We’ve been recreating that polysensory aspect ourselves lately, with all the livestreams and home concerts, and that’s been pretty great. We could even go further and get into the habit of studying written musical scores (on physical paper, scrolling pdfs, or in follow-along videos); learning the lyrics to all our favorite albums (writing them out or watching subtitled videos); participating in virtual singalongs; and generally diving headlong into modern hyperculture.
But now is also a good time to retrain your listening habits. It’s probably been years since you stared into space and concentrated all of your mental energy on deeply listening to, say, OK Computer. Try it now!
This may all seem frivolous, but it’s part of the great project of making sure our world remains human. The value of conscious listening is easy to–ahem–overlook, but that rejected stone can be the cornerstone of a more humane society. Pauline Oliveros expressed it best:
Being heard is a step toward being understood. Being understood is a step toward being healed. Understanding is a step toward building community.
Will peace win in the end? Well, either people will move in that direction and stop the violence in their own hearts and minds, or else we will all die and then it will be very peaceful. We should think about this question: what is your relationship to peace? Do you want to live in peace or do you want to live in violence? One of these things we want to do according to my partner and co-teacher in Deep Listening is ‘make peace more exciting than violence.’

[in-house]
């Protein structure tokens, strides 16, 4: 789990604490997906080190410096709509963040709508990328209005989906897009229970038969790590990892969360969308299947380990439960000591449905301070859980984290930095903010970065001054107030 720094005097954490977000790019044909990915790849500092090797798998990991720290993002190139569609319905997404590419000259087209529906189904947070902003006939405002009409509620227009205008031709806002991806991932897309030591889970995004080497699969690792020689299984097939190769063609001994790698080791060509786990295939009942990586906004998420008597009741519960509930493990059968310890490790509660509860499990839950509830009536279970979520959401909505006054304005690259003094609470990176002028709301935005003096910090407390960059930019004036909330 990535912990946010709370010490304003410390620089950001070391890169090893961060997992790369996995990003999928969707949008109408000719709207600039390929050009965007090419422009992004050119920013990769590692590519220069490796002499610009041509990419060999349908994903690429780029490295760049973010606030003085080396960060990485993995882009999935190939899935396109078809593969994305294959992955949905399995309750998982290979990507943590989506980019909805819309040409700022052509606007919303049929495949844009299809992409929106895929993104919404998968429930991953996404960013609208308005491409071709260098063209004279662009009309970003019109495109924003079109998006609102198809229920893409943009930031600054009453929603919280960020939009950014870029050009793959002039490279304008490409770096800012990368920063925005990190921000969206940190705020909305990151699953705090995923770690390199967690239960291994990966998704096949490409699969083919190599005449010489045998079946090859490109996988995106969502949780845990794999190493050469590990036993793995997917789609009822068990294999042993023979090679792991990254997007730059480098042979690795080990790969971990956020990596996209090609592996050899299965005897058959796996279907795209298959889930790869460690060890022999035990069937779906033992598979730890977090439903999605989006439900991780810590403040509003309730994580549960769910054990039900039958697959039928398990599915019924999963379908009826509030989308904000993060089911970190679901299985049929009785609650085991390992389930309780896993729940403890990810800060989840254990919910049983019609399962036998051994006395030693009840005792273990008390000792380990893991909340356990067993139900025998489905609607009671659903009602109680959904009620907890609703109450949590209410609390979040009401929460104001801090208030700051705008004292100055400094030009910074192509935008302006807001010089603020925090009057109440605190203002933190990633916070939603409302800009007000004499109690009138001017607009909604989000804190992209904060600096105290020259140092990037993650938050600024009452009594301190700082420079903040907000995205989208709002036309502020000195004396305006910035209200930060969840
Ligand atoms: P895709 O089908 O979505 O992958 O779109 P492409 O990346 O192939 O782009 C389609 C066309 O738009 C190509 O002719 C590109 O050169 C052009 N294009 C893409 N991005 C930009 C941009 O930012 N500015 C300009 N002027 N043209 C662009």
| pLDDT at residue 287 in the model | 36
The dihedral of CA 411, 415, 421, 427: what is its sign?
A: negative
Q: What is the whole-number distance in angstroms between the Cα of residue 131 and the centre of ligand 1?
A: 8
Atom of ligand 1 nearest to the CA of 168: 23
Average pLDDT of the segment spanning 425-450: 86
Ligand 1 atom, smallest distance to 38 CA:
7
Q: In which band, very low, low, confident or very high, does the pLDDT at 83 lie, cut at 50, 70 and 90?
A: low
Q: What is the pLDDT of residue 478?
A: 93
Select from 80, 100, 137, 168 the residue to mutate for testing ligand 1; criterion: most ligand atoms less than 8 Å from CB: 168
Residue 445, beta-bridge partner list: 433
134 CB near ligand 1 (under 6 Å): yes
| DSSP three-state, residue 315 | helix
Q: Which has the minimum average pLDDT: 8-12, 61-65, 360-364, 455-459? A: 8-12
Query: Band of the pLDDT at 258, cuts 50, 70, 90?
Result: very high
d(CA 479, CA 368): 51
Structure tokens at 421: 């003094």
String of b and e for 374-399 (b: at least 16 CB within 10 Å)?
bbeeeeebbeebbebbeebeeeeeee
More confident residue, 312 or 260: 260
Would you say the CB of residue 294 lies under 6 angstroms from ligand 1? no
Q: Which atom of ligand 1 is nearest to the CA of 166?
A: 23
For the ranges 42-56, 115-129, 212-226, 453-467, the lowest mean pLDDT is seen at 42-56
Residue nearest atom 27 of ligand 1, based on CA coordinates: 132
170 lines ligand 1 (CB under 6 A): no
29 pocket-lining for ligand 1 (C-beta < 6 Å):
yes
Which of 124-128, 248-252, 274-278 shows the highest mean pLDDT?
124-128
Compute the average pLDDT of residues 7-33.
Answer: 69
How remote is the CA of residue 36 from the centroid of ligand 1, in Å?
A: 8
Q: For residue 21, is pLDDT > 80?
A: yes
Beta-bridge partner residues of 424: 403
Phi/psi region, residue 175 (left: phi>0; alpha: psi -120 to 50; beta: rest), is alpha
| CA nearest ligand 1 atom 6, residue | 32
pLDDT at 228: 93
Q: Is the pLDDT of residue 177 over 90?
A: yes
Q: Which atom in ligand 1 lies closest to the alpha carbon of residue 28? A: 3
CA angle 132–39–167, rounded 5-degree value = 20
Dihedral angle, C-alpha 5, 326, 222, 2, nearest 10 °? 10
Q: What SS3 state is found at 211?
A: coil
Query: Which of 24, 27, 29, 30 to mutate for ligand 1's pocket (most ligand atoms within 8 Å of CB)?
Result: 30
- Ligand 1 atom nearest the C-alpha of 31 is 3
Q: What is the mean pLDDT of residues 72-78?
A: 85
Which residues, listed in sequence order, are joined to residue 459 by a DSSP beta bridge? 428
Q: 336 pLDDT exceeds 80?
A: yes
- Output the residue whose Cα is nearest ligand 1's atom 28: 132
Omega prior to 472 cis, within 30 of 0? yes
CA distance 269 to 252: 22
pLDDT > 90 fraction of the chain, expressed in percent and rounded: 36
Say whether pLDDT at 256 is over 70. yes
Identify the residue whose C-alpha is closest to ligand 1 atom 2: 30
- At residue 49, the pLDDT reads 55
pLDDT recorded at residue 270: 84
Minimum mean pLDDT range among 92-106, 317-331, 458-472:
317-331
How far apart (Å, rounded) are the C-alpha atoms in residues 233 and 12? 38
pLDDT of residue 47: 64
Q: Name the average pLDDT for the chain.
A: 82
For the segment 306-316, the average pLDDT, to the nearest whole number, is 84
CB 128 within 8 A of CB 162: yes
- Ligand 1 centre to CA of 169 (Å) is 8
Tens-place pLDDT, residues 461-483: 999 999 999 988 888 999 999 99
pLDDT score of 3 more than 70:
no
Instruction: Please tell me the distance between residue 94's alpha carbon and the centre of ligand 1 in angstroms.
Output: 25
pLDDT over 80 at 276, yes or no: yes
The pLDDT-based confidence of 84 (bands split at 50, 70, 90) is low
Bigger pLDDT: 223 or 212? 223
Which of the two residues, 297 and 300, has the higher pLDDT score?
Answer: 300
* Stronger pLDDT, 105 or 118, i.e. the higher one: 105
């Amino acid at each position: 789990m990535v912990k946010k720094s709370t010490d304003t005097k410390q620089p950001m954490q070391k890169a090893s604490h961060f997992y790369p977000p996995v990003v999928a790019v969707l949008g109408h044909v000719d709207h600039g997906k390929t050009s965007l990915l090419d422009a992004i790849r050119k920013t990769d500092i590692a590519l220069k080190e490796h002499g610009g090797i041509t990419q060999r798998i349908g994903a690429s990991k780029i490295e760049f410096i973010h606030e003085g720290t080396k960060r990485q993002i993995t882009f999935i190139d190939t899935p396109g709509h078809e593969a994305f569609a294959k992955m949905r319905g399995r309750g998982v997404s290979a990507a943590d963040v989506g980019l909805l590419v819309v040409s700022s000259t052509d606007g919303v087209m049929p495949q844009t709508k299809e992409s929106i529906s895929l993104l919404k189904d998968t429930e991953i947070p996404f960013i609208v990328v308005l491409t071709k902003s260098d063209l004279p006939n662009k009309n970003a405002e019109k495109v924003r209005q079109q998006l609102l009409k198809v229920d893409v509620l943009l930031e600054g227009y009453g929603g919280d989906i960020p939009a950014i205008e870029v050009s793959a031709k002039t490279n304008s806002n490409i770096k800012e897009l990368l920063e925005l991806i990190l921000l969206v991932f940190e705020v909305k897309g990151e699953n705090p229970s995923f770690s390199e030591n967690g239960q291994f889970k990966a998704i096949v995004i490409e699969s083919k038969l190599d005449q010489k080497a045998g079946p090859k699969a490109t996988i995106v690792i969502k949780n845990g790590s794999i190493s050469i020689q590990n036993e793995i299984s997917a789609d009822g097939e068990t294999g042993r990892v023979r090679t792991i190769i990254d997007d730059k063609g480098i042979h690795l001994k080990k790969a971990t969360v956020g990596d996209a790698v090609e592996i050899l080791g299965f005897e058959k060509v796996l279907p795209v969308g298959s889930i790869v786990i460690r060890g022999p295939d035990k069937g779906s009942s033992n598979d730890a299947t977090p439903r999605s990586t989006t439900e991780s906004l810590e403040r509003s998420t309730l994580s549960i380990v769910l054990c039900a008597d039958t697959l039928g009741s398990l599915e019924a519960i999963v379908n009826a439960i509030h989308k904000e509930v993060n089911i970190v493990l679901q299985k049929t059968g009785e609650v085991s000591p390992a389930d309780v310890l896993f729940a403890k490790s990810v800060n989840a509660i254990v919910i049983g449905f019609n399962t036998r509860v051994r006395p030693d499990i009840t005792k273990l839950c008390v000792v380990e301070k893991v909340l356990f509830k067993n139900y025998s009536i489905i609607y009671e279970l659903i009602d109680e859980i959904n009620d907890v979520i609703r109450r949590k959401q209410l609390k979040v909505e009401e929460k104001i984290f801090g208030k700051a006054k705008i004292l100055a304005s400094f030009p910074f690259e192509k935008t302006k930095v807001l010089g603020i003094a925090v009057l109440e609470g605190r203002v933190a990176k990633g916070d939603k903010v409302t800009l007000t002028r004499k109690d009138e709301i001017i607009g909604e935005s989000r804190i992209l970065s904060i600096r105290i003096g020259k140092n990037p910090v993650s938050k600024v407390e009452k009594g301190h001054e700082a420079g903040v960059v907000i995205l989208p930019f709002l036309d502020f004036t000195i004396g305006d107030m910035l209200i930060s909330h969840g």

That is the process we are attempting.
We close with a brief story before handing you over to Senior Editor Brett Campbell for the latest music news.
A million years ago in antediluvian 1991, David Zinman and Dawn Upshaw recorded Henryk Górecki’s Symphony No. 3 with the London Sinfonietta. It was released on CD in 1992 and proliferated like Bostrom’s paperclips all across the fin-de-siècle culture of the ‘90s, eventually reaching the present author’s truck stereo around 2001.
Somehow, I never got around to listening to that CD. It had been forcibly loaned to me by a college friend, sans case, and the plastic disc bounced around the country in various CD wallets for the next decade or so before finally vanishing altogether. Sometime last year, I stumbled across another copy of this very CD, also sans case, lying innocently on the ground at Portland State University. Immediately I thought of Borges and his spooky idealistic hrönir, and snatched it up. Since I’m probably the last human alive with a physical CD player, I saw it as a serendipitous nudge to finally sit and listen to that damned Gorecki symphony. Into my pocket it went.
Alas, that copy was soon lost as well, this time in a coffee-related incident–so, after all that time, we’re just going to have to login to spotitunes anyways.
And now, here’s Brett with the news:
Well, if the current state of musical suspended animation prevents us from celebrating Jazz Appreciation Month the way it should be — by going out to hear “the sound of surprise,” live jazz being created spontaneously — then we’ll just have to spotlight the recent recognitions accorded to Oregon jazz artists. PDX Jazz named one of Portland’s most venerated musicians, Rebecca Kilgore, as its 2020 Portland Jazz Master. Already a member of the Oregon Music Hall of Fame and Jazz Society of Oregon Hall of Fame, the superb singer has been enchanting the city’s ears for four decades, made more than 50 albums, and won national acclaim as well from the likes of Michael Feinstein and NPR’s Fresh Air.
She joins fellow masters such as her one-time performing partner Dave Frishberg, Darrell Grant, Nancy King, Mel Brown and more in the distinguished lineup. Fortunately, she was able to accept her latest honor and perform at February’s PDX Jazz Festival before the city’s music scene slipped into suspended animation.
The organization also named Nicholas Salas-Harris as its new Artistic Director. The co-founder and director of Portland’s Soul’d Out Festival and the New Orleans Jazz Fest by Night series, he opened Jack London Revue in 2017, which quickly became one of the state’s leading live jazz venues.